A Study of the 2014 Pisagua, Chile Earthquake Sequence

Wednesday, 17 December 2014
Jorge G. F. Crempien1,2 and Chen Ji1,2, (1)University of California Santa Barbara, Santa Barbara, CA, United States, (2)Earth Research Institute, Earth Science, Santa Barbara, CA, United States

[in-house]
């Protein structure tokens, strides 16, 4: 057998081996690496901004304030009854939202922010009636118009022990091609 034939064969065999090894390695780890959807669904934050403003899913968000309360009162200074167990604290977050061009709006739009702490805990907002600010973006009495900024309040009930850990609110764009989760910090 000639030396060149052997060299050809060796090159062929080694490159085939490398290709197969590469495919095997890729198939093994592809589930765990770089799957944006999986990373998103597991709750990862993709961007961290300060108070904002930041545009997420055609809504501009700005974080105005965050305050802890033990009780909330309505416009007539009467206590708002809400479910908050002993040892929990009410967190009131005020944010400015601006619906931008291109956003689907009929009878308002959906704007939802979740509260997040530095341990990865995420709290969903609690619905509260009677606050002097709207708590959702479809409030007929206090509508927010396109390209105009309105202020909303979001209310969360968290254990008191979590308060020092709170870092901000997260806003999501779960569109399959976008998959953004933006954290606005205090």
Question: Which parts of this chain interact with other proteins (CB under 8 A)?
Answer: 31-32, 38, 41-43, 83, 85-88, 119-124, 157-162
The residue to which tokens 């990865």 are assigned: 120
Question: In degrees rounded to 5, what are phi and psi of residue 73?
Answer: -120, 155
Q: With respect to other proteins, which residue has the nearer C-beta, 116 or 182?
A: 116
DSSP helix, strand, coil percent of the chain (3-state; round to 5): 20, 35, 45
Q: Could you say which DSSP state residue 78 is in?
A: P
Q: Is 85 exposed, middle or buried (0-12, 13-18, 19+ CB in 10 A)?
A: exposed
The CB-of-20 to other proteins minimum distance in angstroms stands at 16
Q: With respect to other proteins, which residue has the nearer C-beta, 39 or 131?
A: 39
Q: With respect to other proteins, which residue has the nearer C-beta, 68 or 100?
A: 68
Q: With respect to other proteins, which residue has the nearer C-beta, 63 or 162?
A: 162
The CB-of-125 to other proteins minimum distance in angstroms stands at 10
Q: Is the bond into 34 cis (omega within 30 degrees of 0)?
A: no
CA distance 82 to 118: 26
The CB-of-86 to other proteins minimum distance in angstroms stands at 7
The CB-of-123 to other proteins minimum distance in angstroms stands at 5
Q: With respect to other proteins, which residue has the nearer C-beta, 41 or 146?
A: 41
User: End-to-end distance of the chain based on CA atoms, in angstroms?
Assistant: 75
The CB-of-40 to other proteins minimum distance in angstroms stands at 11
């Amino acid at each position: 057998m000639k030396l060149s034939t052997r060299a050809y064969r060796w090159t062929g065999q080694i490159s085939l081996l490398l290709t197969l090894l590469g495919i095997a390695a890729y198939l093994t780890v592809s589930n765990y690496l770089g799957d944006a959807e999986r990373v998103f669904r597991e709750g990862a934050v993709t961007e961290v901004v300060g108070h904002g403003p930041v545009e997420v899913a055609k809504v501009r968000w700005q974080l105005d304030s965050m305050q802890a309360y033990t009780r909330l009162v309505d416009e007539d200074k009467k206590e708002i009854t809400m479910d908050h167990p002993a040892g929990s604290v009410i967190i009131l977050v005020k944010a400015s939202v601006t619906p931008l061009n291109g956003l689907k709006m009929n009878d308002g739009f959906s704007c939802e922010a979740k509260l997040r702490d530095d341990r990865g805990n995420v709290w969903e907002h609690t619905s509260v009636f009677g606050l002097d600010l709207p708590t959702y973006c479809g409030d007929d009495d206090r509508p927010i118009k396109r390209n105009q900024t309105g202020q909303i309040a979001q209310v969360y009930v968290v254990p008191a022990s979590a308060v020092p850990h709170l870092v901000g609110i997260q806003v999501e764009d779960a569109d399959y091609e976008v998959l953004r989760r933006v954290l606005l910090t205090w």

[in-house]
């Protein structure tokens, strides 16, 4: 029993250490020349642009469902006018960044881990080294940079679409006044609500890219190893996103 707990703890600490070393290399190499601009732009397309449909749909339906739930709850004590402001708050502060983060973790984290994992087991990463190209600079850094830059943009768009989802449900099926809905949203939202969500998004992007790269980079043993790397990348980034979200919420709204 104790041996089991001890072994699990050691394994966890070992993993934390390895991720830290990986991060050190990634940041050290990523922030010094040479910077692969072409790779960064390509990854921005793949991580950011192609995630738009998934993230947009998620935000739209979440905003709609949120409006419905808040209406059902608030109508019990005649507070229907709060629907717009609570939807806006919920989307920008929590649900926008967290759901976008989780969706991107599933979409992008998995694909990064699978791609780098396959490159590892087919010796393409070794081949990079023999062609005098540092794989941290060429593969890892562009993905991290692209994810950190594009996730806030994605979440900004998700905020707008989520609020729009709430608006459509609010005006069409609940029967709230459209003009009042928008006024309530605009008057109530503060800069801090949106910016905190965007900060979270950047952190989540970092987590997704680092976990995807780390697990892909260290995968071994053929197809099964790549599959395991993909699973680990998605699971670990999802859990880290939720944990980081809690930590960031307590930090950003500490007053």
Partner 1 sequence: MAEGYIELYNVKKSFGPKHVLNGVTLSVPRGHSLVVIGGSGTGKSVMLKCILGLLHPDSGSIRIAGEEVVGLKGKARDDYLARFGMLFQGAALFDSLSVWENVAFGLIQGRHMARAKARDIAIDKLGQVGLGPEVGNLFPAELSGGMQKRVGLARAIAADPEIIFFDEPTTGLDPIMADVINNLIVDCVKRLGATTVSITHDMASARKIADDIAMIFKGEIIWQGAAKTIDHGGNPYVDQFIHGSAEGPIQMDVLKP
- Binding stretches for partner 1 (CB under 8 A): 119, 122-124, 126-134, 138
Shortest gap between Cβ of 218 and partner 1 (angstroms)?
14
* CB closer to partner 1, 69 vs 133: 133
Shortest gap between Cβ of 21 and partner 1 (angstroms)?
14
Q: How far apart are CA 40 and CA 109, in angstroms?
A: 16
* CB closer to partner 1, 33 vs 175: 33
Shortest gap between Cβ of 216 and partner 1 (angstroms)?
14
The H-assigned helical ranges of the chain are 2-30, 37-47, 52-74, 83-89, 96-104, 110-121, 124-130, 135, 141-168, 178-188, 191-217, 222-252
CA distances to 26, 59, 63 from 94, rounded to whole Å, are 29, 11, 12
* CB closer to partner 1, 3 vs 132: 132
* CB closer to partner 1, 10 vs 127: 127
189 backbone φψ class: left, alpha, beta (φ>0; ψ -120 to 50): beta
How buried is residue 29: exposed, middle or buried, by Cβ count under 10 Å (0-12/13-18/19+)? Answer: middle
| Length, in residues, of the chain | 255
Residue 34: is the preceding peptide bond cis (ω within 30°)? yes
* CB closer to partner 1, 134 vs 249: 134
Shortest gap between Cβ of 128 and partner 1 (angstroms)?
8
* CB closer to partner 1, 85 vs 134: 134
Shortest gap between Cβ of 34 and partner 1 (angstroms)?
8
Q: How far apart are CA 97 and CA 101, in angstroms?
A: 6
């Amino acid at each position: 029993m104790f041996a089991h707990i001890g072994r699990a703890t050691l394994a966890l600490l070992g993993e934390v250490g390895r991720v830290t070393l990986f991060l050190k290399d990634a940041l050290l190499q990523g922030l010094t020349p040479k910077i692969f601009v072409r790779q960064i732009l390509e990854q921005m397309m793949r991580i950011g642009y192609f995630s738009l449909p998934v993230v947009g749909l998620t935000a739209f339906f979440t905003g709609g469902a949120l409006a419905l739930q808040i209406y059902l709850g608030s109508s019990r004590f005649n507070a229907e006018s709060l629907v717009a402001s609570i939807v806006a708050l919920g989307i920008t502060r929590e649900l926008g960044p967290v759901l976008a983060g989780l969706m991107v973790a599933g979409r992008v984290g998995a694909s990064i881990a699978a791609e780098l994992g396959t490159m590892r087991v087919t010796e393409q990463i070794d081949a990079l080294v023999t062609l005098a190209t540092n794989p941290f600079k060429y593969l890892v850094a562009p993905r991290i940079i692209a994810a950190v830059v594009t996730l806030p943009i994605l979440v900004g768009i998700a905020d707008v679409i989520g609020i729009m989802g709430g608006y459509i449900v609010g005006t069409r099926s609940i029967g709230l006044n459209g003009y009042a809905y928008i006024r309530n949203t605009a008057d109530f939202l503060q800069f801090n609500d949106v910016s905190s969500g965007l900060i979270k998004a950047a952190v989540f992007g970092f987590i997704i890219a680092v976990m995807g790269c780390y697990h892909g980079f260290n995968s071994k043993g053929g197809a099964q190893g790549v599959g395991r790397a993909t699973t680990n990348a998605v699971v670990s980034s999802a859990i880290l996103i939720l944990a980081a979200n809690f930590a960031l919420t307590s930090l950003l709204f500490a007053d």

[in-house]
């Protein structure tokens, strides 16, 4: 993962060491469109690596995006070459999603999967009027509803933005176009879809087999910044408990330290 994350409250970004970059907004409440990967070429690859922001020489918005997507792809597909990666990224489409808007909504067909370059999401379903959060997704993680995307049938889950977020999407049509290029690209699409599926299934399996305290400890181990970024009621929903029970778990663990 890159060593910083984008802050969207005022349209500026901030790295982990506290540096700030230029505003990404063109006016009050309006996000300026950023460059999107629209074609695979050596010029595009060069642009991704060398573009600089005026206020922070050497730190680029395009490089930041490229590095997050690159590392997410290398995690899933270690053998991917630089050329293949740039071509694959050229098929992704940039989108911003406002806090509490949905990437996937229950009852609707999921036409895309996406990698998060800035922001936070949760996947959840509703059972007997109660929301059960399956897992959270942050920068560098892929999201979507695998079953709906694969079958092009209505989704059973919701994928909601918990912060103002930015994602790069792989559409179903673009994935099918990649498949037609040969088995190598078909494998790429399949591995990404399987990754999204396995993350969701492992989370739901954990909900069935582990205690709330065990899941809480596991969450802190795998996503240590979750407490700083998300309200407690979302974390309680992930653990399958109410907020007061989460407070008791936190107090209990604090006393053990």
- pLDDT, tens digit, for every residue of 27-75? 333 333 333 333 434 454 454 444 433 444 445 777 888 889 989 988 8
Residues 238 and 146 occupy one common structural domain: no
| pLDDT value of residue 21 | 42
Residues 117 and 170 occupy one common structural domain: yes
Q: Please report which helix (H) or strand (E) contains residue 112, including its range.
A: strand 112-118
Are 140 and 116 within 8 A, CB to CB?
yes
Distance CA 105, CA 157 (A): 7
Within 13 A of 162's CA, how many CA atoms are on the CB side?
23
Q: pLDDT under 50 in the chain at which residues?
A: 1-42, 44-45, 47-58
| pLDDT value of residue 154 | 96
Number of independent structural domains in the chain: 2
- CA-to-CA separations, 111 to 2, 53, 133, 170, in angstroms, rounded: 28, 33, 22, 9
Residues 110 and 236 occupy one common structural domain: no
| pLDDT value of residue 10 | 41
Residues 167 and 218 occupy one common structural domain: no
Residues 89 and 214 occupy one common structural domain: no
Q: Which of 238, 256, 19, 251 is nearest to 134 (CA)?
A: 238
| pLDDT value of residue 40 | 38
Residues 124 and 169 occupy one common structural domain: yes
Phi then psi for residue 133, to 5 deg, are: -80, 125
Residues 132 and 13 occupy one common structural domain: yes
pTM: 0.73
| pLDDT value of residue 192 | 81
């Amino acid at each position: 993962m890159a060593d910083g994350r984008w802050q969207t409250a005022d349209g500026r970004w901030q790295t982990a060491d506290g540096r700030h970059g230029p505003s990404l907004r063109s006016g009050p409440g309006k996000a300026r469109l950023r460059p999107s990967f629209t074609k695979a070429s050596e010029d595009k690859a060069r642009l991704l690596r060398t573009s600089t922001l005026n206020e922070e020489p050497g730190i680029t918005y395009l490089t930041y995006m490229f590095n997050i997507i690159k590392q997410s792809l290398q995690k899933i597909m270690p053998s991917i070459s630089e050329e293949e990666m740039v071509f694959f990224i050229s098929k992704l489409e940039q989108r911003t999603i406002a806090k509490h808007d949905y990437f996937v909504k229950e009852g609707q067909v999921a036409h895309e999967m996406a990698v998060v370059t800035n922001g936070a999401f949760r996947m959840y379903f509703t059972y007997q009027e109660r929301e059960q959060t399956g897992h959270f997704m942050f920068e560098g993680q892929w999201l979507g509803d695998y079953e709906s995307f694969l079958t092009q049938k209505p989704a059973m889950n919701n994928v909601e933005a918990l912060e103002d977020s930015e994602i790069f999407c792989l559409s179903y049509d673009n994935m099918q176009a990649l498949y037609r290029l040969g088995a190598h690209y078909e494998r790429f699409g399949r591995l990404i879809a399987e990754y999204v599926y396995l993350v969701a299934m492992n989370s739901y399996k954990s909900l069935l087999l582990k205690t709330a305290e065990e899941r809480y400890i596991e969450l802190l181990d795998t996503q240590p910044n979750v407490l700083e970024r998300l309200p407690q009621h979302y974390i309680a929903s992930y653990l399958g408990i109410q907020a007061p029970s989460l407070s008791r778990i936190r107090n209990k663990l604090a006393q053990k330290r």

The 2014 Pisagua, Chile earthquake sequence, which struck the famous northern Chilean seismic gap, started with a Mw 6.7 earthquake on March 16th. This was followed by a 15 day-long earthquake swarm, including multiple Mw>6 earthquakes migrating northward on the plate interface, eventually resulting in a Mw 8.1 megathrust on April 1st. This produced an energetic aftershock sequence with one Mw 7.7 aftershock occurring on April 3rd. We have studied this interesting earthquake sequence by jointly inverting teleseismic data as well as strong motion data from the IPOC/CSN network. The initial efforts focused on the kinematic rupture parameters of the Mw 6.7 foreshock, Mw 8.1 mainshock, and Mw 7.7 aftershock. Our results show that the Mw 6.7 foreshock was a shallow intraplate event with a major asperity at ~12 km depth. Although its rupture was entirely within the overriding plate, this event created a strong static Coulomb stress perturbation on the plate interface, with a maximum value of ~0.2 MPa. We find that the hypocenters of its two largest earthquakes, Mw 6.4 on March 17th and Mw 6.2 on March 23rd are both located right on the plate interface where the Coulomb stress was increased. The rupture of the Mw 8.1 mainshock, spanning about 120 km along strike, initially travels down dip, roughly N100°E, with an apparent speed of 2.5 km/s for the first 25 seconds. Between 25 and 40 seconds, the rupture travels mainly southward (~N150°E) with an apparent speed of ~3 km/s, and more than 50% of the total seismic moment release in two major asperities. The third stage of the earthquake took place between 40 and 70 seconds with the rupture propagating slowly (<2 km/s) towards the northern end of the coseismic rupture zone. The slip of the Mw 7.7 aftershock is heterogeneous, with three well-resolved asperities, visually complementary to the rupture of the mainshock. We also notice that the complex rupture patterns associated with this interesting earthquake sequence apparently correlate well with the local gravity anomaly and geological settings, which will be further explored.